Why should I read it?

1 author picked Communities of Violence as one of their favorite books, and they share why you should read it.

What is this book about?

In the wake of modern genocide, we tend to think of violence against minorities as a sign of intolerance, or, even worse, a prelude to extermination. Violence in the Middle Ages, however, functioned differently, according to David Nirenberg. In this provocative book, he focuses on specific attacks against minorities in fourteenth-century France and the Crown of Aragon (Aragon, Catalonia, and Valencia). He argues that these attacks--ranging from massacres to verbal assaults against Jews, Muslims, lepers, and prostitutes--were often perpetrated not by irrational masses laboring under inherited ideologies and prejudices, but by groups that manipulated and reshaped the available discourses on…


Book cover of The Legacy of Muslim Spain Volume 1

Steven Nightingale Author Of Granada: A Pomegranate in the Hand of God

From my list on the truth about Spanish history.

Why am I passionate about this?

I am a writer who lived in the city of Granada for almost four years, in the uncanny barrio of the Albayzin. The daily blessings of life there are powerful and cumulative, and I wrote a book in honor of such luminosity; and I wrote it, as well, because most of us have been lied to about Spanish history. But the truth, like the poetry of Garcia Lorca, cannot be suppressed. In my sojourn in Spain, and in my visits over the years, I have found Granada to be a treasure-house of stories and poetry; and in flamenco singing, the home of one of the most powerful art-forms of music in the world.

Steven's book list on the truth about Spanish history

Steven Nightingale Why did Steven love this book?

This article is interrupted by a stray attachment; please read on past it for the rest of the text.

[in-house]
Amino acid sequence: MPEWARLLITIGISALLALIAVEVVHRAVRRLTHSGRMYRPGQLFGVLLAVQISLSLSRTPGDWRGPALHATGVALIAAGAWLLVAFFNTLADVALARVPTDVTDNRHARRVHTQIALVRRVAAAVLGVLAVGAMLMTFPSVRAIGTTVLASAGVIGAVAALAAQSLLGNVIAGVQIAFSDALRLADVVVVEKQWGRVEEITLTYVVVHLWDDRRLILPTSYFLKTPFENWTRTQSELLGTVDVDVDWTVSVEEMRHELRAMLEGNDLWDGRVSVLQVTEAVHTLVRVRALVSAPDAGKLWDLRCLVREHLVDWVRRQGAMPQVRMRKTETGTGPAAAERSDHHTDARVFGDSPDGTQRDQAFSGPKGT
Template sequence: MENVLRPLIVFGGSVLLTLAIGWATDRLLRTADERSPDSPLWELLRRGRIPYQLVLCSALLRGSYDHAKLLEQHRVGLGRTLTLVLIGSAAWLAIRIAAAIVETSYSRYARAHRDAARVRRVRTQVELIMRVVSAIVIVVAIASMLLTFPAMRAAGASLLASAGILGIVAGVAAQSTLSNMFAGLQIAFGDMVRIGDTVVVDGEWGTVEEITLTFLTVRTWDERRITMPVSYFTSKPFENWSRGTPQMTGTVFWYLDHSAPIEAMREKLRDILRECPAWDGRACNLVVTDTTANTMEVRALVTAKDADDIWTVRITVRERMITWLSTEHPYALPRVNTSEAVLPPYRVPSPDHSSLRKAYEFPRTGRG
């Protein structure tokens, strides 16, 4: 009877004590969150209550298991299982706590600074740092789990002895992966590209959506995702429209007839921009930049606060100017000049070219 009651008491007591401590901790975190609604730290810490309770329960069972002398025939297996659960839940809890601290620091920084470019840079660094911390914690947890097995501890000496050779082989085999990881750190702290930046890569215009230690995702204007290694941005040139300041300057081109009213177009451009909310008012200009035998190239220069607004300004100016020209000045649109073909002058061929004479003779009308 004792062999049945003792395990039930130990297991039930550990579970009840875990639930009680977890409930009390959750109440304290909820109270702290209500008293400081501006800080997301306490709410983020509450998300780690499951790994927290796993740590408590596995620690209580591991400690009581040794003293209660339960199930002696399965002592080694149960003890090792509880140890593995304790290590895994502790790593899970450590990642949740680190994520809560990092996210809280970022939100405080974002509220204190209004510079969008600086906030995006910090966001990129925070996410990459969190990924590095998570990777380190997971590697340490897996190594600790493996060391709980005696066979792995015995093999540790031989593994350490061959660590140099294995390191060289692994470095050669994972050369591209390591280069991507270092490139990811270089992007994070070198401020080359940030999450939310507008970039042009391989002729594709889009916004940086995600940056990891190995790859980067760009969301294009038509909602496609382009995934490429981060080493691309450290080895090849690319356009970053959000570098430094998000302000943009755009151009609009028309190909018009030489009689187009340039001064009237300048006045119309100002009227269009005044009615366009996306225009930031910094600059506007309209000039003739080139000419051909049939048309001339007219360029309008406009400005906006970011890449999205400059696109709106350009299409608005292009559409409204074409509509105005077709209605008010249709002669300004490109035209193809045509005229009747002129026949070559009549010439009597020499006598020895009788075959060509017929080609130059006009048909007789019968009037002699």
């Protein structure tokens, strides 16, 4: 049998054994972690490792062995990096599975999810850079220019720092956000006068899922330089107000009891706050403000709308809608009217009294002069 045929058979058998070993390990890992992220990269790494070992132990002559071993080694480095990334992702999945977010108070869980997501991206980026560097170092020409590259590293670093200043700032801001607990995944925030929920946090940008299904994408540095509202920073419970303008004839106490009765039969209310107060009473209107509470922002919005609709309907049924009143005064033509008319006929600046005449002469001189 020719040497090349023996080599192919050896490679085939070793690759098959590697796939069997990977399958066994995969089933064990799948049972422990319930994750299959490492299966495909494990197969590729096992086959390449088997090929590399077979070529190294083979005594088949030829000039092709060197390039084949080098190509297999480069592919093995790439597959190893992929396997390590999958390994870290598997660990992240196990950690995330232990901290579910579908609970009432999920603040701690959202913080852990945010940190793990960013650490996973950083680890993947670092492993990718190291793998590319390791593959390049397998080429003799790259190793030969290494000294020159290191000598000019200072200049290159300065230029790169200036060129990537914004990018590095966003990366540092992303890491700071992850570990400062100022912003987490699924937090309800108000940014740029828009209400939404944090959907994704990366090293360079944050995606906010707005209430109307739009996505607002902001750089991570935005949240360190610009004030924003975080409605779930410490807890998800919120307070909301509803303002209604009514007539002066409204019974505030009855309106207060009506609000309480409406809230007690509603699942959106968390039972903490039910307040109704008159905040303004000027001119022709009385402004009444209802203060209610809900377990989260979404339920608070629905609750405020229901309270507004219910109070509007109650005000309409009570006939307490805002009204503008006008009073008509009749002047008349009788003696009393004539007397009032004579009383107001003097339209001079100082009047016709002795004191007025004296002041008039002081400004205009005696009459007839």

Incomparable. In the long effort by scholars to establish the facts about the brilliant period of Al-Andalus—711-1492—this book is a breakthrough and a marvel. Salma Khadra Jayyusi assembled the leading scholars in the field on a whole host of subjects, and the two volumes have everything from meditations on broad historical themes to detailed accounts of book-making, ceramics, and techniques of dyeing and weaving silk. No serious reader of the history of Spain should have to live without these two extraordinary volumes.

Book cover of Trickster Travels: A Sixteenth-Century Muslim Between Worlds

Teresa Tinsley Author Of Reconciliation and Resistance in Early Modern Spain: Hernando de Baeza and the Catholic Monarchs

From my list on memories of Moorish Spain.

Why am I passionate about this?

I am an avid Hispanist and have for a long time been fascinated by the mix of cultures in medieval Spain. Soon after 9-11, I was forced to take part in a barefoot ritual of security checks on arriving at Zaragoza airport to see something of the Moorish heritage there, and it hit me how important the way we tell the story of ‘Moors and Christians’ is to our own times. My own experience as a linguist and of living abroad made me particularly interested in people who are able to see both sides of a story and transfer between cultures. This is what I researched further in my Ph.D. in relation to the demise of Muslim Granada. 

Teresa's book list on memories of Moorish Spain

Teresa Tinsley Why did Teresa love this book?

This must be one of the best biographies ever!